This was a simple shell script I wrote to allow the download of files that users send on public channels on Slack. The reason this was done was because…
Flashback last year…
Person A - Hey, are you busy?
Me - Nah, wassup?
Person A - Well, our Slack has been telling us to pay them……Could you like backup the files?
Me - Sure, OK.
Requirements for the script are as follows.
|jq||Command Line JSON parser|
|cURL||Tool to transfer data from the server|
If you do not have these or know about them, I highly suggest to go about learning what these are first before even attempting this.
So, I came to the conclusion that the easiest way I could do it is just to write a simple shell script to do it. What can an easier way be? Spend 5 hours reading their API? Writing a Java / Python or C# program? Nope.
My idea was pretty simple, I am going to check out some of the REST API end points and then look at the files that can be downloaded, then I am going to use cURL or WGET to ninja all of it at one go.
The shell script is provided at my repository. The script itself can be improved in many ways but it was meant to be something simple to begin with.
The first step itself is pretty simple. You will need to obtain a XOXP token. You obviously need some rights to obtain this token. Mind you this was 1 year ago. So, you can say that this post is delayed for 1 year. Woohoo.
My plan was just to use a cron to run the script everyday so that backup happens. Easy mode.
Obtaining the XOXP token is a simple step. You will need to generate a “legacy” token. Because, hey anything older than a year is legacy these days! On a more serious note, there is obviously a reason for it being called legacy.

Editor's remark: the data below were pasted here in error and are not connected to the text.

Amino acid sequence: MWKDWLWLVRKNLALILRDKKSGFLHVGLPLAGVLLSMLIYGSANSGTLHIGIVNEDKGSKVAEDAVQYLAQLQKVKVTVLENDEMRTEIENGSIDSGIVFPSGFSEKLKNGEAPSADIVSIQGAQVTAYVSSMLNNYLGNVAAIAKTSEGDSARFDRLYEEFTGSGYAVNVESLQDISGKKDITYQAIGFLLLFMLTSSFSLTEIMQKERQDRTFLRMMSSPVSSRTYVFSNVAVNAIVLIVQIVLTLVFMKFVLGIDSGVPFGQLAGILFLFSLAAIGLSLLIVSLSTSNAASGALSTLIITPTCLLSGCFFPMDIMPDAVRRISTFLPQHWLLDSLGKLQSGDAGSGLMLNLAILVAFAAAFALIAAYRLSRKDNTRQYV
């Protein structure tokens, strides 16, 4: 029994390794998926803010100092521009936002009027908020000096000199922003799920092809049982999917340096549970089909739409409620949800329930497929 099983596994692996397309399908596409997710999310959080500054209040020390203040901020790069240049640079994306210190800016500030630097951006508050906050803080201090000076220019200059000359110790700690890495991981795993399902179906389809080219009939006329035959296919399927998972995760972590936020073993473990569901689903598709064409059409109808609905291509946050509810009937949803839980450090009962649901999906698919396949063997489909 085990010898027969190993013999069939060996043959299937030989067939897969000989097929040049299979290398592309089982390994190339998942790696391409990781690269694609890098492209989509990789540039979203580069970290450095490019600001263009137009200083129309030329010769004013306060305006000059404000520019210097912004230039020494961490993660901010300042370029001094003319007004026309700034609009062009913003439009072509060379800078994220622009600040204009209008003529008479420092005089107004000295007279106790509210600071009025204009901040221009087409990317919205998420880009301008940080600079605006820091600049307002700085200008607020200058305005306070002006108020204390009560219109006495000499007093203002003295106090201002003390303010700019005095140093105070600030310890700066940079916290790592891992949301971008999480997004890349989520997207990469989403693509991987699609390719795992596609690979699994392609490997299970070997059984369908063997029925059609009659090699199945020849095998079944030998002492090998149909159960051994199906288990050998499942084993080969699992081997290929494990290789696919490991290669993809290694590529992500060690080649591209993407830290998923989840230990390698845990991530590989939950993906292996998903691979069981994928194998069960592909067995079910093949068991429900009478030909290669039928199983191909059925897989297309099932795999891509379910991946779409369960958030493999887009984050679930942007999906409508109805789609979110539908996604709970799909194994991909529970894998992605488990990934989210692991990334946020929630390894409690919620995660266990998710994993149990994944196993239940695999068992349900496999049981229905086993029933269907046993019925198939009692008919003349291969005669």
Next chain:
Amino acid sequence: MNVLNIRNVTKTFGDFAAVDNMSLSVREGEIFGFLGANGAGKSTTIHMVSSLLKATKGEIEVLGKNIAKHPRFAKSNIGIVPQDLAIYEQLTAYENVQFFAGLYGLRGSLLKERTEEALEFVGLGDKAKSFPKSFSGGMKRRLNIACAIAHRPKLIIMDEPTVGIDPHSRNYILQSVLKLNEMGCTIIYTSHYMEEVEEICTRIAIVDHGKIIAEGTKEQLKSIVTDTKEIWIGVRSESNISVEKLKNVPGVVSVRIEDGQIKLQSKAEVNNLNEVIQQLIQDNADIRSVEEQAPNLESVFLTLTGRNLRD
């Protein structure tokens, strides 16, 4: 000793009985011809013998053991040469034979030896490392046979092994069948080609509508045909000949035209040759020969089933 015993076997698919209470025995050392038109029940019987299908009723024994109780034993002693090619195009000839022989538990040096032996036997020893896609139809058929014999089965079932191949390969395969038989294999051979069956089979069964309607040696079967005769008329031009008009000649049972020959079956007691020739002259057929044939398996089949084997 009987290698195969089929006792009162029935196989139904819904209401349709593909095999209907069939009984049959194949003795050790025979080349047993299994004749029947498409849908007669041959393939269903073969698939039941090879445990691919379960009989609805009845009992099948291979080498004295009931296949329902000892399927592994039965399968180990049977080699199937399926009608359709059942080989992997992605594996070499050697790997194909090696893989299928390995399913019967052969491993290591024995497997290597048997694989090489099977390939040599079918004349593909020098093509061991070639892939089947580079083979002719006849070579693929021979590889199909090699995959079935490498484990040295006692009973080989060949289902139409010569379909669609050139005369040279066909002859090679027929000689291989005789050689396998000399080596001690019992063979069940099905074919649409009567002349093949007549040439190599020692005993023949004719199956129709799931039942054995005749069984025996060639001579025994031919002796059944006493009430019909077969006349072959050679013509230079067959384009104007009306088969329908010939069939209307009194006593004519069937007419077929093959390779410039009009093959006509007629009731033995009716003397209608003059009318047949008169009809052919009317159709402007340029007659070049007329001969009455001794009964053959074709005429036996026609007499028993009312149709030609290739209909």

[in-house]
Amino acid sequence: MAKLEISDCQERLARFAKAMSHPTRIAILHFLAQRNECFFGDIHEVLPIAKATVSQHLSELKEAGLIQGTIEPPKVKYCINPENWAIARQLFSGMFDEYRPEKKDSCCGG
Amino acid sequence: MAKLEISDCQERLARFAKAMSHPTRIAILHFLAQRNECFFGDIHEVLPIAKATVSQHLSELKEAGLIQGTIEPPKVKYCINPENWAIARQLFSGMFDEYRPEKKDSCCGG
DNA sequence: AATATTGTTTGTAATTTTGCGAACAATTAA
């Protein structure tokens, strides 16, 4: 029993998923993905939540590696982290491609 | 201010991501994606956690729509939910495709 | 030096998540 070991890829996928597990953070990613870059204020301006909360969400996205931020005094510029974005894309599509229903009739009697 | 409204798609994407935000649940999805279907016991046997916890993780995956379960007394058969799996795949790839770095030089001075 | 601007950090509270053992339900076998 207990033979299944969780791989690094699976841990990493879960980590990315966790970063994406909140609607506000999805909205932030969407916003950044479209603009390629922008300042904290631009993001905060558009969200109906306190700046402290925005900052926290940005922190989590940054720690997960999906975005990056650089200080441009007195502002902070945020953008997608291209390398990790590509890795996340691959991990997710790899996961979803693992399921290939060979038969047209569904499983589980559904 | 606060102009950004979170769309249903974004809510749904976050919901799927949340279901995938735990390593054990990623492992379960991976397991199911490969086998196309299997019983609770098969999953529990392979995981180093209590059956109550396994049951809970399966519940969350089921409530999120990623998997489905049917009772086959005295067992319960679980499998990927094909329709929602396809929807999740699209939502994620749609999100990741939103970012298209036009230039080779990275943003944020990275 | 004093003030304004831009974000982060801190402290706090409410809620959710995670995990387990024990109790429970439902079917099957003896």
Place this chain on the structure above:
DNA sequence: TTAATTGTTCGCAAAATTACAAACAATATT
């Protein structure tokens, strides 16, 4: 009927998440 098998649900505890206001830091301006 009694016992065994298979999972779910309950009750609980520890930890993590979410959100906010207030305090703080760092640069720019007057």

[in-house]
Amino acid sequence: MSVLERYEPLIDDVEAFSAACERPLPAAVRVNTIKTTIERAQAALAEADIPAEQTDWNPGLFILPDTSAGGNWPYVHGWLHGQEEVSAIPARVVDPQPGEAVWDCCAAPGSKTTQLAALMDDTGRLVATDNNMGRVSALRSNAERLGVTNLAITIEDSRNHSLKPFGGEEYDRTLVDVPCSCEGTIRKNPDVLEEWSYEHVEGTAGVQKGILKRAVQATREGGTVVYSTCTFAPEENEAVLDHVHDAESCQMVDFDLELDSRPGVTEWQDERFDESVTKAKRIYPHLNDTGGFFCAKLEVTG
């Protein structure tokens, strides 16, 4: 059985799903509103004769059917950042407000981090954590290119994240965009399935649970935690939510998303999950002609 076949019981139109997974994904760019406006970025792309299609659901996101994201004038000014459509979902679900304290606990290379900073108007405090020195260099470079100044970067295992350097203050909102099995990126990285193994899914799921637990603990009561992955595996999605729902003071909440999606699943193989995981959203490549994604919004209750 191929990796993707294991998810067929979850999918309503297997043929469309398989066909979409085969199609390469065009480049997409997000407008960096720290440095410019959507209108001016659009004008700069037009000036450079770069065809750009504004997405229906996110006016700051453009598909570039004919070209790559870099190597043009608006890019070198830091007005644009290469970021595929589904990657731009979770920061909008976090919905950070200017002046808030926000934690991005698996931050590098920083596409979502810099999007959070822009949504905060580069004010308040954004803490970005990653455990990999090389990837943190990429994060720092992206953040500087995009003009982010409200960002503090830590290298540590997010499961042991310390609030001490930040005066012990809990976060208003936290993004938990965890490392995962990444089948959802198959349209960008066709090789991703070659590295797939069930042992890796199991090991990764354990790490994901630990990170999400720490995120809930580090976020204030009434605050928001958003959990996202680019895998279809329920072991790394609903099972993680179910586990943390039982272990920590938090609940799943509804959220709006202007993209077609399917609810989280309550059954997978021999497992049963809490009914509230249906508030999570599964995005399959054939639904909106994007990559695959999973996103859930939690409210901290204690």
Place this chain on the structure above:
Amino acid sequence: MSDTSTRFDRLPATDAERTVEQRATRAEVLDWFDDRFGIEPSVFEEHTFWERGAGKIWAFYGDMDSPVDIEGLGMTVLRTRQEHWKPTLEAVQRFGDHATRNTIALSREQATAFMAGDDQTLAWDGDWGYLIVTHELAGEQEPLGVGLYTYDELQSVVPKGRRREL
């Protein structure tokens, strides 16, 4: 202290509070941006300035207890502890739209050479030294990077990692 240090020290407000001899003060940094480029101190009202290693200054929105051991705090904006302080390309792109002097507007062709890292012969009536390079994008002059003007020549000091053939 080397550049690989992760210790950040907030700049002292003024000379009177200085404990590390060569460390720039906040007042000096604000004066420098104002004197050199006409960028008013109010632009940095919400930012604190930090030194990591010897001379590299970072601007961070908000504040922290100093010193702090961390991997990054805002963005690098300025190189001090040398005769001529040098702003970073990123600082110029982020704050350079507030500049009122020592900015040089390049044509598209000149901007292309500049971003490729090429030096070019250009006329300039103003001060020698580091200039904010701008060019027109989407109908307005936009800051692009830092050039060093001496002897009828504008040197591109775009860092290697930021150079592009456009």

You will need to select your work space and generate a XOXP token for it.
After that comes the fun part!
Because I decided going through the entire API to find the actual way to download the file to be rather cumbersome and Mr. Google and Mr. Stackoverflow showed no promising way to do it, I decided to spoof my browser headers to download the image.
The idea itself is quite simple.
I am going to go to the URL on my browser then look at the inspect tool to see the headers.
What I noticed is that the files in Slack follow a very simple URL pattern.
So what I just need to do is first get all these URL and then do a curl for them.
What you will notice is that, if you run the script now, the value temp will actually tell you all the URLs of the files. So, the idea of it now is that you can look at the URL from your browser. Of course you will need to be logged on to Slack on your browser to view it. Once you open the inspect tool, you would be able to copy and paste the headers just like the screen shot below. This is under the network tab.
After that, you will need to put that line in the correct place with the correct url.
In order to run the script, you will need to give it execute permission. Then, it should download all of the files into that directory.